Which rhinestones are best for my project?

It depends on the project.  Generally, the higher the rhinestones' quality (see summary above) the more they will sparkle. The actual cut of the stone (facets) may not be noticeable at a distance, but it does affect the brilliance and sparkle.  The cut combined with the overall quality, usually determines the cost; and as the saying goes "you get what you pay for."

What is a chaton - pronunciation: (sha-tôn')?

Literally translated as "an imitation gem of paste that has its pavilion backed with metal foil or silver to reflect light."  In the rhinestone world a chaton is defined as one of the following types of stone illustrated below:

Pointed Back Chaton

12 or 14 Cut Chaton Rose

8 Cut Chaton Rose
(Czech - Preciosa)

What other rhinestone types are there?

Generally, the rhinestones Crystalz carries fall into one of two categories; Flat Back and Sew-On.  A Flat Back rhinestone, whether glue-on, iron-on, or sew-on (Lochrosen) is flat on the back.  There are two basic types of Flat Back rhinestone; Regular (glue-on) and Hotfix.  Both types of Flat Back are available in the same colors. The only difference between them is the method by which they are attached to a surface.

  • Regular Flat Back Rhinestone: The regular Flat Back rhinestone is usually glued to a fabric or surface using one of several adhesives specially made for the purpose.  They are flat on the back and have a silver foiled coating (sometimes referred to as Foil Back).

  • Hotfix Rhinestone: The Hotfix Flat Back rhinestone is backed with a special glue and can be set using a regular household iron or a special tool such as The Kandi Kane™, which picks up the stone, heats it, and melts the glue, allowing you to quickly and easily apply the stone to any surface.  No other glue is needed.

Sew-On rhinestones come in a variety of shapes and sizes, from Margaritas and Lochrosens to pear-shaped or teardrop, and many more.  Sew-on rhinestones are offered with one, two or three holes, depending on the stone. Lochrosens and Margaritas have one center hole.  These rhinestones can also be glued to fabric using one of the several special purpose adhesives.  However, glue doesn't work well with larger stones on fabric, therefore we recommend that larger stones be sewn in place.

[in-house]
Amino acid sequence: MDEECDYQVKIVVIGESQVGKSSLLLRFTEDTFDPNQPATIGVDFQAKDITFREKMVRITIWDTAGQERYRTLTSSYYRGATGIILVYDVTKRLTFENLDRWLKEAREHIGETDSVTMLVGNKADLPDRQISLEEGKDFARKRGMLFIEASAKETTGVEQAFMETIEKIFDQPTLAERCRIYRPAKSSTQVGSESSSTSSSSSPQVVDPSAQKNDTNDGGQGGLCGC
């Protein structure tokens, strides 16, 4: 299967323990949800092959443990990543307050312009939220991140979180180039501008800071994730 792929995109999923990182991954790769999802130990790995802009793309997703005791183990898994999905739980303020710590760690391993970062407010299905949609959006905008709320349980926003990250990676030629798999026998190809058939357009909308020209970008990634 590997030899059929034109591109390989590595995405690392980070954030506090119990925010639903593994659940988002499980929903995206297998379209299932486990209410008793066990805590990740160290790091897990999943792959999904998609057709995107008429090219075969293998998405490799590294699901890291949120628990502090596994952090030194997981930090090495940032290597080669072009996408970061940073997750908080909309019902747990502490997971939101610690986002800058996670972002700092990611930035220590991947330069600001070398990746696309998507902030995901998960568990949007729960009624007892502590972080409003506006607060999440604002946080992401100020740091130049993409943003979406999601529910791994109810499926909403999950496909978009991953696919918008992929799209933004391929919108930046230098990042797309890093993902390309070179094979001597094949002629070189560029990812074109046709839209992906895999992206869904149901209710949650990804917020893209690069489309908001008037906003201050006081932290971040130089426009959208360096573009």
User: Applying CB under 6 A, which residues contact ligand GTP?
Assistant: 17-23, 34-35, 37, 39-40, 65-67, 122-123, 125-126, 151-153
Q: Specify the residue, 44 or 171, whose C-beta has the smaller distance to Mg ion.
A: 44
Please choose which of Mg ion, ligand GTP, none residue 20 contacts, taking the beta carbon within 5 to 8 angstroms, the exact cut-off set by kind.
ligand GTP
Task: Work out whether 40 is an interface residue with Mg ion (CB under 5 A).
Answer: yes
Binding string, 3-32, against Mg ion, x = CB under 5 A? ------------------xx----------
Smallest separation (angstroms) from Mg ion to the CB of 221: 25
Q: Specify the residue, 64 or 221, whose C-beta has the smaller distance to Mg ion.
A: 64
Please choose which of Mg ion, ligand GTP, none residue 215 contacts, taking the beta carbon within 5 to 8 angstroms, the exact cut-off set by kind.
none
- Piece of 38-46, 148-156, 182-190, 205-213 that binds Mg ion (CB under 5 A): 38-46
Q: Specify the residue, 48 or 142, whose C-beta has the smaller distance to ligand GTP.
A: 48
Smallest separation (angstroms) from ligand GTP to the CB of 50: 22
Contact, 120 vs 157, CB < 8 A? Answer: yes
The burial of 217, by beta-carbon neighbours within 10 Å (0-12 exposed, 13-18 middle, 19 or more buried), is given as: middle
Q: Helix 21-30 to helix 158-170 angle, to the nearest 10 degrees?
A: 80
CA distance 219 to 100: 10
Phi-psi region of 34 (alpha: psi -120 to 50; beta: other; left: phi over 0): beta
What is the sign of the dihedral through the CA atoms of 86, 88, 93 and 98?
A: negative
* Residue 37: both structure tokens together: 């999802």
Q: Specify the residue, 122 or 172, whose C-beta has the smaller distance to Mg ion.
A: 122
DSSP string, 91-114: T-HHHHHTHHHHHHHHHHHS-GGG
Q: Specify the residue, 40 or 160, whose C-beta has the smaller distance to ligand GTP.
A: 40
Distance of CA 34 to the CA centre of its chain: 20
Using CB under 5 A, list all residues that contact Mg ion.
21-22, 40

What is the best size to use for my project?

Again, that depends on your project.  20ss is the most popular size for general apparel decoration.  The 20ss are large enough to handle easily and give an ample sparkle, and small enough for delicate work and intricate designs.  16ss is better for finer fabrics and laces, but does require more dexterity.  30ss are also used for apparel decoration.  12ss are best for decorating items such as cell phones, PDA's and iPods (a trend at the moment). 

What's the difference between a 12ss and a 30ss?

You can look at the size chart here for a comparison and a millimeter conversion.

What does ‘AB’ mean?

AB stands for Aurora Boreale; a special coating that is applied to the surface of a glass stone or bead to produces a very light rainbow effect that leans toward a pale yellow tone, but also shimmers in pink and blue. This coating is most effective on Crystal stones but also gives a beautiful depth and hue to other colors. When applied on a color stone, it changes the color just slightly and gives it a rainbow effect.

How many different colors are there?

You can view our complete color chart here.

How many rhinestones will I need for my project?